“Light time” in early Noongar culture

It has often been assumed that traditional Aboriginal people lived in a timeless society. The eternal Dreamtime or Dreaming was understood to encompass past, present and future.  While this may be true from a mythological perspective, what goes unacknowledged is that Aboriginal hunter-gatherers had evolved over many thousands of years a functionally-appropriate system of time reckoning based on natural phenomena. Their daytime reckoning system comprised a number of sequential daylight phases that categorised the sun’s position and movement across the sky.

In our paper on ‘Day time reckoning’ http://www.anthropologyfromtheshed.com/projects we have tried to provide an ethnographic glimpse of how Noongar people traditionally reckoned time using the position of the sun throughout the day. Our analysis of early ethnohistorical descriptive wordlists would suggest that the Noongar distinguished at least nine temporal divisions of day and possibly further subtler differentiations that were not recorded.

The term “light time” is our own invention to signify how indigenous categories of time between dawn and dusk involved levels of sunlight intensity (or solar luminosity).  “Light time” derives meaning only when contrasted with night or “dark time.” The “dark-light”oppositional theme traditionally permeated the core structures of Noongar society, including the “dark” and “light” moieties, “dark” and “light” seasons, “dark” and “light” constellations and the classification of birds, plants and animals into “dark” and “light” totems.  Surviving ethnographic records provide only a hint of the complexity of these rather complicated classificatory systems.  In many respects the “dark” and “light” seasons may be seen to represent a macrocosm of the day-night cycle.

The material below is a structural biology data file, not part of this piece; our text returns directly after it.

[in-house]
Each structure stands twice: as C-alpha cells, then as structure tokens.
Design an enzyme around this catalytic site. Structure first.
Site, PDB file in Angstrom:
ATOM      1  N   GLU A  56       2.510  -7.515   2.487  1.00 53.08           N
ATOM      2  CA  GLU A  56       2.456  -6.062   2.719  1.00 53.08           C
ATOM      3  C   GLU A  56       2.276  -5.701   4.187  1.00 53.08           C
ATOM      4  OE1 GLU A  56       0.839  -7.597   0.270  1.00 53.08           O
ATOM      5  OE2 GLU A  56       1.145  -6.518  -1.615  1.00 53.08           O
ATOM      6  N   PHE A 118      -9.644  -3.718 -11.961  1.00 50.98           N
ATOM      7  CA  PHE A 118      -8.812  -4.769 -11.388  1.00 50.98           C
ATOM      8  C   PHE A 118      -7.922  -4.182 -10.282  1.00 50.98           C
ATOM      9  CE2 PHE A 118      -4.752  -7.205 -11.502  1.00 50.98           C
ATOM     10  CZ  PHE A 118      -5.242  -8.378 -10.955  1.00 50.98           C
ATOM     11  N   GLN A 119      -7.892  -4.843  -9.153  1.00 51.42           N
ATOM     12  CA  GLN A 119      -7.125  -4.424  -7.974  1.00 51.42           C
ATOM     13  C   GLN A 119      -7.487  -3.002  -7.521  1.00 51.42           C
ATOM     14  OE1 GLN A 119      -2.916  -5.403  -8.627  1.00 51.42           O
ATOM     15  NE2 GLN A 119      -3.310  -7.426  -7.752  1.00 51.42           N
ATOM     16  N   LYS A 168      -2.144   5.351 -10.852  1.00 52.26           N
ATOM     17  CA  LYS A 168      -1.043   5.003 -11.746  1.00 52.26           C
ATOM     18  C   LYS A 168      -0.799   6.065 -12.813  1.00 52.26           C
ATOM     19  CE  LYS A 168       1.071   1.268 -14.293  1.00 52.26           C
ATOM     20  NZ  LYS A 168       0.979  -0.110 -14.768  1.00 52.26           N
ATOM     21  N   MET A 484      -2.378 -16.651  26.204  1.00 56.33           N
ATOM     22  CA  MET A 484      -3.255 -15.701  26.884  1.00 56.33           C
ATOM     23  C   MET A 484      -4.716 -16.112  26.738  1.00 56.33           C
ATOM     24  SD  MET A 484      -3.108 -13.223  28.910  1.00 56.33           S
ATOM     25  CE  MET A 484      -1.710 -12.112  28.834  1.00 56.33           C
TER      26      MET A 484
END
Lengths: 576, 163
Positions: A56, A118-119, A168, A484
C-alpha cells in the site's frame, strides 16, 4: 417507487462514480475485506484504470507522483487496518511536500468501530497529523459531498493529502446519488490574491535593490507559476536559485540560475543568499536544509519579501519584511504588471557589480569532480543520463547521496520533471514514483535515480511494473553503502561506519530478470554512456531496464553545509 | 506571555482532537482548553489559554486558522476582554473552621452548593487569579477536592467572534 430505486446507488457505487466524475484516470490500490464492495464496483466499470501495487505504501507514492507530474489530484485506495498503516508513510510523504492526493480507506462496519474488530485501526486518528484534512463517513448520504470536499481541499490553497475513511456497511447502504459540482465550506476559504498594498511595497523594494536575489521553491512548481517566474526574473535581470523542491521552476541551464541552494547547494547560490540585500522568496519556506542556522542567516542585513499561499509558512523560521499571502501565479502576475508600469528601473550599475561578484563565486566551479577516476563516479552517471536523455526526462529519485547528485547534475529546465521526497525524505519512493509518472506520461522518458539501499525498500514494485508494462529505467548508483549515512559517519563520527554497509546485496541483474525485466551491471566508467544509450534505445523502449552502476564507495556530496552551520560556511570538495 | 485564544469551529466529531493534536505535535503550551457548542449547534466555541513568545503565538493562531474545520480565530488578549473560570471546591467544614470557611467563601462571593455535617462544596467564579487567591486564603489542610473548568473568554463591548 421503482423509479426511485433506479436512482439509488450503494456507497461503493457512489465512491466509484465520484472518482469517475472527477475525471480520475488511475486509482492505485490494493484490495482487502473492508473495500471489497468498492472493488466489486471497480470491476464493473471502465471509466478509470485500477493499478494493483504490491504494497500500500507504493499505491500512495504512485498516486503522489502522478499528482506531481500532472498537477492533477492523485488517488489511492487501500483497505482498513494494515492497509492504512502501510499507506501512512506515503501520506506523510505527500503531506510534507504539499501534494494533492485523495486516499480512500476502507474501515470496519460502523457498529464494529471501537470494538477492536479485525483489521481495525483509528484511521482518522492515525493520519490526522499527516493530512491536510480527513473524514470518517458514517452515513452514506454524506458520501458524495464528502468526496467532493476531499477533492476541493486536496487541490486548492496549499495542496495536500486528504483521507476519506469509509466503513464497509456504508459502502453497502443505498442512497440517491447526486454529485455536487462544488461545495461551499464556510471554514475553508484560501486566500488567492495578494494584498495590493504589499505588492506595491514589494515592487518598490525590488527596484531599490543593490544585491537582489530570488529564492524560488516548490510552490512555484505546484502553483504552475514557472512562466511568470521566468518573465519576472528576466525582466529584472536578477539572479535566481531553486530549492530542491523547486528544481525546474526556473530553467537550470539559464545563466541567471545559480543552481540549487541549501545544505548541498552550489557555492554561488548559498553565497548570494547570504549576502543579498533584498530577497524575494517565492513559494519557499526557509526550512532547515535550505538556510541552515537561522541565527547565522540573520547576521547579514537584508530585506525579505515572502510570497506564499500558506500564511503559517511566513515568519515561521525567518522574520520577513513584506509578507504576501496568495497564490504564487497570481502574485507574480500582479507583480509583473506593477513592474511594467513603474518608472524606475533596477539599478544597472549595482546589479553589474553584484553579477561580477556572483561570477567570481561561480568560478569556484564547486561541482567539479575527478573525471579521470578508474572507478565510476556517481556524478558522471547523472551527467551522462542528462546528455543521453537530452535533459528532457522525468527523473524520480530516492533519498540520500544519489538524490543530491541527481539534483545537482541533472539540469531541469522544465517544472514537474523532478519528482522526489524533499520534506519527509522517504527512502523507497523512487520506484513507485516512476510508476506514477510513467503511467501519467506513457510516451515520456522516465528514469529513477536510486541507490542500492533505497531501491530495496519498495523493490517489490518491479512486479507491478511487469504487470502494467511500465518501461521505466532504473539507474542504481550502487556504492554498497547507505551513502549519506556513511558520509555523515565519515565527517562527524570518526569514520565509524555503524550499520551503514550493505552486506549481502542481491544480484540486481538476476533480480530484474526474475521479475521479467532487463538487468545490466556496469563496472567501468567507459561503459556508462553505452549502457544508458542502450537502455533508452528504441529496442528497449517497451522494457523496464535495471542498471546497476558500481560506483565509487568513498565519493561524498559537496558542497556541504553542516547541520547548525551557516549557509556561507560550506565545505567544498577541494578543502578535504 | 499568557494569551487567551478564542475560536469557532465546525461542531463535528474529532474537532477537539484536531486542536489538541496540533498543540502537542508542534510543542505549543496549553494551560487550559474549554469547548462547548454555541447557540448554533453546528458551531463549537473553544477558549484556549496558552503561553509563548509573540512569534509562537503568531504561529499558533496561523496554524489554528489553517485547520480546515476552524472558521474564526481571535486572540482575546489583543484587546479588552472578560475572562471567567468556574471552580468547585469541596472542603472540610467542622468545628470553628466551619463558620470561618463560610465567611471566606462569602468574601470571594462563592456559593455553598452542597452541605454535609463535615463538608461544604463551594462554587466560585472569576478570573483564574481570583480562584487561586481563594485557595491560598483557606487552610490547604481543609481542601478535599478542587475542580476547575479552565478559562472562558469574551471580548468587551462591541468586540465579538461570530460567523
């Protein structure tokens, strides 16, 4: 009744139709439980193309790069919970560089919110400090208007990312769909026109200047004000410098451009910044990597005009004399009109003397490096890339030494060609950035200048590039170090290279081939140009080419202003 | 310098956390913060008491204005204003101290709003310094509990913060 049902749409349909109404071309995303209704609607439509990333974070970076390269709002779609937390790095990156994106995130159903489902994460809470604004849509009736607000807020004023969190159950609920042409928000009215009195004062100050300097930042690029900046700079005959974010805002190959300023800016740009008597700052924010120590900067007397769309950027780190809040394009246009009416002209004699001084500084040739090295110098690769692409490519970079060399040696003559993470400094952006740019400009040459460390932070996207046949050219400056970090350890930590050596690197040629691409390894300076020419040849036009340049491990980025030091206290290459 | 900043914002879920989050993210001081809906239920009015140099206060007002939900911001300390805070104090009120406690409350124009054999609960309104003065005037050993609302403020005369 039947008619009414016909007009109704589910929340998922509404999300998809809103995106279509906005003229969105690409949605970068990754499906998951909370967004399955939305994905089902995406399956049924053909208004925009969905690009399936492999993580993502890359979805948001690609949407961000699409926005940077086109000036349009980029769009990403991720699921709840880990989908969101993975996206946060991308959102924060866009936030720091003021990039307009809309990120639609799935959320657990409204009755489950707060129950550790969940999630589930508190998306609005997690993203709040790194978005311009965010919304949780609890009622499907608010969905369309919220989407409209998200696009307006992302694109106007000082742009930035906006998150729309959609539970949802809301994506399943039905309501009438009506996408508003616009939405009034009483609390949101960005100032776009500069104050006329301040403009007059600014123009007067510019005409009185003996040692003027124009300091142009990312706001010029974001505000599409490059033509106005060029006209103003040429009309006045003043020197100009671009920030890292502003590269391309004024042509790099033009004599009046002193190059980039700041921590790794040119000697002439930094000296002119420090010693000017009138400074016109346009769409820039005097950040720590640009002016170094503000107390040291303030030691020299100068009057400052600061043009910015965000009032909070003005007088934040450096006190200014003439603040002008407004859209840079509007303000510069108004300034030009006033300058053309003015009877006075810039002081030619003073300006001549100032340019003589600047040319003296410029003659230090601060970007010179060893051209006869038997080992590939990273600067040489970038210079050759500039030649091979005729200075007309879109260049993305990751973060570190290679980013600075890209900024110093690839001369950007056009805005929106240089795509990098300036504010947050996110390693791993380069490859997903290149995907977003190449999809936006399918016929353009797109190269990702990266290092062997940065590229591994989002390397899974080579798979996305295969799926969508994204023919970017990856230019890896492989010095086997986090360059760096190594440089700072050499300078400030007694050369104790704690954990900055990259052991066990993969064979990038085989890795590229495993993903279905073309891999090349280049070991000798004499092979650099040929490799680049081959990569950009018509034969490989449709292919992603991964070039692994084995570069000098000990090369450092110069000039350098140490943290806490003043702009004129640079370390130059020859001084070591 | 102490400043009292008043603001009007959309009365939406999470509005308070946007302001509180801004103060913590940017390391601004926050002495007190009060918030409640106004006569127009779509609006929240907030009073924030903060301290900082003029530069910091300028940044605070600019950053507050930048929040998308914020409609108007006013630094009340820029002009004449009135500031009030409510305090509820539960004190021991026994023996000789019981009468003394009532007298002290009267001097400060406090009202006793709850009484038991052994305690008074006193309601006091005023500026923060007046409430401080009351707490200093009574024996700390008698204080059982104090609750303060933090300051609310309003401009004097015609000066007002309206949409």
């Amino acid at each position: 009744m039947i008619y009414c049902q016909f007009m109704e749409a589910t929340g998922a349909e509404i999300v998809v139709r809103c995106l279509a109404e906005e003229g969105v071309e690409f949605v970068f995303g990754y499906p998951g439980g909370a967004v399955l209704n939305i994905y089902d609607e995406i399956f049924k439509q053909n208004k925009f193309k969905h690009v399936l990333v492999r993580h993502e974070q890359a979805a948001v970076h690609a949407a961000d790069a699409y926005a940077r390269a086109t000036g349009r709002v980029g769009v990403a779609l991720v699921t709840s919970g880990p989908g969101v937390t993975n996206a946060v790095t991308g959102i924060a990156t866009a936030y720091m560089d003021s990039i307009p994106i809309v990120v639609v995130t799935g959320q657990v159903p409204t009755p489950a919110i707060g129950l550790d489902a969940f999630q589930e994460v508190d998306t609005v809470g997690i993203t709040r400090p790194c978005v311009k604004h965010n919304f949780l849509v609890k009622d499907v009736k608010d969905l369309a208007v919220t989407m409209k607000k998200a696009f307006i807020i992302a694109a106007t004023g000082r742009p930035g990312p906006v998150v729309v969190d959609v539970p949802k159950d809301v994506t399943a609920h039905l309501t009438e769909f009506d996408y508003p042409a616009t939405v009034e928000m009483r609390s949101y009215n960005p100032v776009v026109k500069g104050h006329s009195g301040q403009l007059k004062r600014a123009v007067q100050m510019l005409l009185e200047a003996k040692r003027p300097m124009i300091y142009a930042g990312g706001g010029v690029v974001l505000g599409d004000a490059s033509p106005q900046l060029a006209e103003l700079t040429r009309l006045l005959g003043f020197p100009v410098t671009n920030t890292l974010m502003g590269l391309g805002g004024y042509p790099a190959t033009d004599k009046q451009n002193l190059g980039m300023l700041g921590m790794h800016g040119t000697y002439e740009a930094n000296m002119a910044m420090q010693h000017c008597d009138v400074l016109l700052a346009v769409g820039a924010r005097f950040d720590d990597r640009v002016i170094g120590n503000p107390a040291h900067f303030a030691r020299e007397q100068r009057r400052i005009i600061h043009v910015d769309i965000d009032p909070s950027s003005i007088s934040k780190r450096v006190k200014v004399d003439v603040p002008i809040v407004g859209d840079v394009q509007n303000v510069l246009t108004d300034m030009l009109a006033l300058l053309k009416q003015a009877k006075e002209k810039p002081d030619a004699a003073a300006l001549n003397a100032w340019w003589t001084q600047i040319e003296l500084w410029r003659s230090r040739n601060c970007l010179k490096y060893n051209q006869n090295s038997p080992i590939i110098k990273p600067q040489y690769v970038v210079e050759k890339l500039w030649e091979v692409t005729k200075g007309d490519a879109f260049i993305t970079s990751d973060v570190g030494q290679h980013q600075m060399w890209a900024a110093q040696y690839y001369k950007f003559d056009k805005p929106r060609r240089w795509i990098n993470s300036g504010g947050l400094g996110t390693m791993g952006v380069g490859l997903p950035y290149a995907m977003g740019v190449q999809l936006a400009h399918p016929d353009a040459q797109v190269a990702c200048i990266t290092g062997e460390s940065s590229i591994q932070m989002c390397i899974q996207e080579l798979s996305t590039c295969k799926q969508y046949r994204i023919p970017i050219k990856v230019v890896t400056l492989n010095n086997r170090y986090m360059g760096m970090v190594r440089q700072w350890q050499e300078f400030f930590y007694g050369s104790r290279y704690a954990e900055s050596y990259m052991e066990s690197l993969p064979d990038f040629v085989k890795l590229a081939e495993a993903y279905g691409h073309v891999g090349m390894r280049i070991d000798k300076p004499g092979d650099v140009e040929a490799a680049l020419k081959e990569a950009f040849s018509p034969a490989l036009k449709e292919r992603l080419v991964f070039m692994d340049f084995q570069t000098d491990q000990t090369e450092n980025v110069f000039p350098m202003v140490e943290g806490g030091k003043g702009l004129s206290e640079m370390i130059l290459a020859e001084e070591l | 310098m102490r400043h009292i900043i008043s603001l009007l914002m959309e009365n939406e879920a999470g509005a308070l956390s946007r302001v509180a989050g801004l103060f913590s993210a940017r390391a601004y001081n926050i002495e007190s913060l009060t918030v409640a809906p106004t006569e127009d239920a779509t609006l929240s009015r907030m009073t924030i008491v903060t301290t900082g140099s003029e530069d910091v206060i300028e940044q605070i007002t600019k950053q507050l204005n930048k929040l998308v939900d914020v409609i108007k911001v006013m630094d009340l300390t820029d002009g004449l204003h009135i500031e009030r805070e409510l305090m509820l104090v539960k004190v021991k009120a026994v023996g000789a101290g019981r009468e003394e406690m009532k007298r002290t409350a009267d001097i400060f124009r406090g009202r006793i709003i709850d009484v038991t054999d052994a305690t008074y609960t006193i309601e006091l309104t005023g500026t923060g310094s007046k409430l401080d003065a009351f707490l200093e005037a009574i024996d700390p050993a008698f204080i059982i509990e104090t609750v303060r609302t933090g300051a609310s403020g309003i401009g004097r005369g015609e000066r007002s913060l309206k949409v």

Cott sunset
The sun (nganga) setting over the western horizon. Photo by Barb Dobson

Day cannot be understood without reference to its antithesis – the night. Where possible we have translated some of the idiomatic and colourful expressions to show how indigenous people perceived time, for example, the term for dawn “‘Nanga Warlooliterally translates as  ‘the sun coming back.’ It is the sun’s “return” rather than its “arrival” that is being emphasised. It suggests that the return of light was expected and anticipated and no doubt provided a welcome release from the powers of darkness that ruled the night.  Night time was much feared as it was believed that the dangerous and invisible marauding spirits and beings that inhabited the darkness had powers to revenge, injure and kill anyone who transgressed tribal Law.

Aboriginal people were able to arrange future events, including social gatherings, ceremonies and economic activities using time constructs based on seasonality and light time categories. Night time categories were based on the cycle of the moon and seasonal planetary, star and constellation movements.

Barb Dobson,

December 2017